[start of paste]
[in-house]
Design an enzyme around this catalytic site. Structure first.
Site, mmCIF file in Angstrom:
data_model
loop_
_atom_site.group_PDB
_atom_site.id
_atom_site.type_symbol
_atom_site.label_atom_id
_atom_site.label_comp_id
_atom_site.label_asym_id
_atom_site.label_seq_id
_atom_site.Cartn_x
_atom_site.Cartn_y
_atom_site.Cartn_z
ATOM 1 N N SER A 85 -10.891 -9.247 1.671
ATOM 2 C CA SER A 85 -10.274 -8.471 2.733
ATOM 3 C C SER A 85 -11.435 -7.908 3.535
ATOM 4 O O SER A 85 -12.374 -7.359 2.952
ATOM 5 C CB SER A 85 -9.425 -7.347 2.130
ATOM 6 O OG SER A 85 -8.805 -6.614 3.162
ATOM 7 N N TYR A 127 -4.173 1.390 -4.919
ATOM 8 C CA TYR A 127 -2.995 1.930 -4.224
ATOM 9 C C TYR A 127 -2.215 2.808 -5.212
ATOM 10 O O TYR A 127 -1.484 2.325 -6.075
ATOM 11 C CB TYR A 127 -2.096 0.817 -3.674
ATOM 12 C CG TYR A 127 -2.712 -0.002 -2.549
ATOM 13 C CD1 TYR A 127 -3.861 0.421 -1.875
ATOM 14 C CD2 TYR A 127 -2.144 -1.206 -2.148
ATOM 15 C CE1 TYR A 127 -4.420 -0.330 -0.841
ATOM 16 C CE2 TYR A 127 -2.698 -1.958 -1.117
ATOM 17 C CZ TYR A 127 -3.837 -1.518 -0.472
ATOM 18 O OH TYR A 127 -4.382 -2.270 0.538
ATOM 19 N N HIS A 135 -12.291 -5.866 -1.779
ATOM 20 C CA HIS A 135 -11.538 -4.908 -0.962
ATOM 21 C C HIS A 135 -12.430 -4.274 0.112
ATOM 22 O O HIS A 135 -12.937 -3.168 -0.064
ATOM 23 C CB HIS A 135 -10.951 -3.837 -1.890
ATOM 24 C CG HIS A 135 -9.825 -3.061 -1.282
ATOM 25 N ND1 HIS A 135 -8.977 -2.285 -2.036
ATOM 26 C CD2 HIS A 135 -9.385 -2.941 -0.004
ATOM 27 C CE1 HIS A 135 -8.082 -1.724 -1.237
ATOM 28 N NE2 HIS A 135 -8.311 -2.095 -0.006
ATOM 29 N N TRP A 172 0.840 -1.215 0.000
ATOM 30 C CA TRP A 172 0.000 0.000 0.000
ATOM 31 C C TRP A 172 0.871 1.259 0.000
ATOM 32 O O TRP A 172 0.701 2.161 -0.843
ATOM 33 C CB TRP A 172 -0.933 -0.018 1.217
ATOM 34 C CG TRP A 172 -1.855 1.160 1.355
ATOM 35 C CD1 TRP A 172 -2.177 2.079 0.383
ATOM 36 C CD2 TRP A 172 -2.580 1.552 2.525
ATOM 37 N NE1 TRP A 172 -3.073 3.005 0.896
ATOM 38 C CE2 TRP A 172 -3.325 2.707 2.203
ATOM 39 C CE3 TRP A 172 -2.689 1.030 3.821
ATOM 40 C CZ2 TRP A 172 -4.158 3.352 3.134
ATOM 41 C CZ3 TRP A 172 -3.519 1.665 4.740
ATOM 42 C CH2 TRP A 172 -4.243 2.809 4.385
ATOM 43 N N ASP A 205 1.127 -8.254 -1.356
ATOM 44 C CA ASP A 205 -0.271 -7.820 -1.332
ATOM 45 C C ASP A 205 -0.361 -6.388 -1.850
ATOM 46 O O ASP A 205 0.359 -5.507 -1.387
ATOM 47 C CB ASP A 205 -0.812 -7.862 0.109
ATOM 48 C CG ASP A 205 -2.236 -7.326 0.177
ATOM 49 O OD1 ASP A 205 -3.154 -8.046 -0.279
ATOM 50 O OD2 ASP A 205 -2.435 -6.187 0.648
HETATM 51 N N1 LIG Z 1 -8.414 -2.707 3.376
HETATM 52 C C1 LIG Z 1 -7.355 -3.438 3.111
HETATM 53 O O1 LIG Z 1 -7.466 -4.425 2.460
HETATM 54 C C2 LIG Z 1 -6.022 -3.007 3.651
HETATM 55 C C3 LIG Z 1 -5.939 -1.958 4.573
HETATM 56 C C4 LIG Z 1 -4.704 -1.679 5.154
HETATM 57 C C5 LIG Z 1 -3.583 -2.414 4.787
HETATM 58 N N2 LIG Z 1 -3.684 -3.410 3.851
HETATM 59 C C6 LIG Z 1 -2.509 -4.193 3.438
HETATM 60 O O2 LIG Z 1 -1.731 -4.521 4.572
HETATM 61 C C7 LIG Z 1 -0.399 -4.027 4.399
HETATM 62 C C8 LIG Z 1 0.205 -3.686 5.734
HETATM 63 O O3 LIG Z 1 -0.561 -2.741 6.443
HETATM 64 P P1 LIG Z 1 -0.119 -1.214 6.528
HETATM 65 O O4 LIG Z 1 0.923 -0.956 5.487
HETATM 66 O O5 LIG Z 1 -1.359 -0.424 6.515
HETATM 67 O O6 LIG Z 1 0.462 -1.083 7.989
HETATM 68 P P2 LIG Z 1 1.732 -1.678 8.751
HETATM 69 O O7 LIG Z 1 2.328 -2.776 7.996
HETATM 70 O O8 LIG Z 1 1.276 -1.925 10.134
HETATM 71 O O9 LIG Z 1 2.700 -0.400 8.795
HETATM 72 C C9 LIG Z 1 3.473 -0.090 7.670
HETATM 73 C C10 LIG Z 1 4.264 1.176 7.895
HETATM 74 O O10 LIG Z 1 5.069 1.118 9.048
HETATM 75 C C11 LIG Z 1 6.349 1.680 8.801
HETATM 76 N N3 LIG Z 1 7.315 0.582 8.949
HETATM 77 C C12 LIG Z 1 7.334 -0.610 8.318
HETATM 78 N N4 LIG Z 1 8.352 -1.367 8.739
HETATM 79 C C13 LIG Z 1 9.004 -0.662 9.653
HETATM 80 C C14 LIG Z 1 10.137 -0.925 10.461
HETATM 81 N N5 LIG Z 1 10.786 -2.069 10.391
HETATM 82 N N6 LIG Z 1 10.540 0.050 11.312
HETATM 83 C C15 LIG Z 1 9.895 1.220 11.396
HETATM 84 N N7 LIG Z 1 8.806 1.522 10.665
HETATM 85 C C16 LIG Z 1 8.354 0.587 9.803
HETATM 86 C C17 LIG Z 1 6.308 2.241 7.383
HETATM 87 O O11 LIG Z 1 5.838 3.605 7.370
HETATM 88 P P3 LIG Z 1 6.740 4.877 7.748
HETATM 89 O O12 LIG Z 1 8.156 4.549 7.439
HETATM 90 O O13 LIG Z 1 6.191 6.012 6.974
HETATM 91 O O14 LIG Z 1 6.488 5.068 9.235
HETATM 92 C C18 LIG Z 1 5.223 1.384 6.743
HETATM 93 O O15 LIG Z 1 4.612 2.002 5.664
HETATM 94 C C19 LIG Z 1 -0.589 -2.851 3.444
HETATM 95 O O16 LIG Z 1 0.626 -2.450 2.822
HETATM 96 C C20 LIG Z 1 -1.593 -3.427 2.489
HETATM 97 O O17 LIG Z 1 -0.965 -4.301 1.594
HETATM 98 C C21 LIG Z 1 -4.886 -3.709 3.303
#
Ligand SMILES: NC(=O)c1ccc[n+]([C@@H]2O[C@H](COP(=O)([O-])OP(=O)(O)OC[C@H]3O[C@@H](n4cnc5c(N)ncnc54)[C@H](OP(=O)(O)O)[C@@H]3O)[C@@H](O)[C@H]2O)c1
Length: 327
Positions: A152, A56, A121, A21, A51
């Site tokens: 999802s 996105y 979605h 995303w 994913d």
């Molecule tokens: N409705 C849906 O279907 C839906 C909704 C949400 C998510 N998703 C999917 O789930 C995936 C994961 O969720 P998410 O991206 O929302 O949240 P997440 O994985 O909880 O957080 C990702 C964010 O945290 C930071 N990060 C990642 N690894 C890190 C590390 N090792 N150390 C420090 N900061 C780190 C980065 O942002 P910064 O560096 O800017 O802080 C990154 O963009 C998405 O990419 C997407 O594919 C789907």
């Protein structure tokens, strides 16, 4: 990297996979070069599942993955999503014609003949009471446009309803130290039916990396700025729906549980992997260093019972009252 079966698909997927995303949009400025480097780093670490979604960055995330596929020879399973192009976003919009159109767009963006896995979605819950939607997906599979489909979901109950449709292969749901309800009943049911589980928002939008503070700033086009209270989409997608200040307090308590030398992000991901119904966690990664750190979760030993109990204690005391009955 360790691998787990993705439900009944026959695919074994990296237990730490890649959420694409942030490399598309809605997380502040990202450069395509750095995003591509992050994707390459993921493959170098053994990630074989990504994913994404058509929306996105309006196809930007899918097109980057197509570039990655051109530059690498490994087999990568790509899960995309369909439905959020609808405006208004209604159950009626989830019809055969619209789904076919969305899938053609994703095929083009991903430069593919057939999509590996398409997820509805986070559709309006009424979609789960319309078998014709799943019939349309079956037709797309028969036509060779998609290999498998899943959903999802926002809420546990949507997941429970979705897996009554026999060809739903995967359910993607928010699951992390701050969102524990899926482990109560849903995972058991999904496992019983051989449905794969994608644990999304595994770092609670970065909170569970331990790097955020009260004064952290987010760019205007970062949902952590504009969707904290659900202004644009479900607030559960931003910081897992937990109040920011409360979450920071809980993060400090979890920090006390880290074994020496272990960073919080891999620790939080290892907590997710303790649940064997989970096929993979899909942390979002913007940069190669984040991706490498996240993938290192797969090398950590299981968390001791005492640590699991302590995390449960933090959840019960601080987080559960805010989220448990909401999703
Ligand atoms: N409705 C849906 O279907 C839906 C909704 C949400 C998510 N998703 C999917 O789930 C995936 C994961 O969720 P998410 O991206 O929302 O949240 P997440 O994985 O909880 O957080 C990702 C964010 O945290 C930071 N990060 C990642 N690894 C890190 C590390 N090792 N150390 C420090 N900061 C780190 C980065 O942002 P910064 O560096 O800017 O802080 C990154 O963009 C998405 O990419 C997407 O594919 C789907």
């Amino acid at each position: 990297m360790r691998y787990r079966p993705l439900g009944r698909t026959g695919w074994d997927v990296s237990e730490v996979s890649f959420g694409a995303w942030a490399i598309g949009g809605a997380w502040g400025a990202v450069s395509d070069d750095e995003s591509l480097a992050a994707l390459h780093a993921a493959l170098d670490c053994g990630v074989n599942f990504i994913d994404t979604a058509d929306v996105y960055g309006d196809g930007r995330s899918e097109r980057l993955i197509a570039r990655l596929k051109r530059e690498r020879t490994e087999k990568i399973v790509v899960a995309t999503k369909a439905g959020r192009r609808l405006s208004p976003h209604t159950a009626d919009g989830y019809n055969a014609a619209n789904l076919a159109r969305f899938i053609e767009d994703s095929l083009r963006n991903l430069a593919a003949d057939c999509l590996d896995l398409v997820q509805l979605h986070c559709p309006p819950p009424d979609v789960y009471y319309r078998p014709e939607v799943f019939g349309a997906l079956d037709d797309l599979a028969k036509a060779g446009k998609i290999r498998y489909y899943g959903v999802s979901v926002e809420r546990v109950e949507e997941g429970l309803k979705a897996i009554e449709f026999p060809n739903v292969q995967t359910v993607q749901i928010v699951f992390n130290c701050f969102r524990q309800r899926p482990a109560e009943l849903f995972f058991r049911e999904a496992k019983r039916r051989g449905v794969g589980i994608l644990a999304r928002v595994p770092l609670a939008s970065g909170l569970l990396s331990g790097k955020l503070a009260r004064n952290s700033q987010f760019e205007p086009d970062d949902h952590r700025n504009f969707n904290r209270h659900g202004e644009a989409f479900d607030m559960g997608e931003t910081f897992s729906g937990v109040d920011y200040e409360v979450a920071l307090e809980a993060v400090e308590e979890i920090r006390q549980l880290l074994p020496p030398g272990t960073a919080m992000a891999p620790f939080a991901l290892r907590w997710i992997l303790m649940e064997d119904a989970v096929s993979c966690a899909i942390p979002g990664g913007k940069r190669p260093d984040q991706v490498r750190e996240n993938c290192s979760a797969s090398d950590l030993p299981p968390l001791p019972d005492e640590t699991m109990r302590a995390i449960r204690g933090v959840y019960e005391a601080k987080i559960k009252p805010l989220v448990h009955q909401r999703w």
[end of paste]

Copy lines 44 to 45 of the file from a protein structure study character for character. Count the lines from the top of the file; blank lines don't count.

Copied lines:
ATOM 29 N N TRP A 172 0.840 -1.215 0.000
ATOM 30 C CA TRP A 172 0.000 0.000 0.000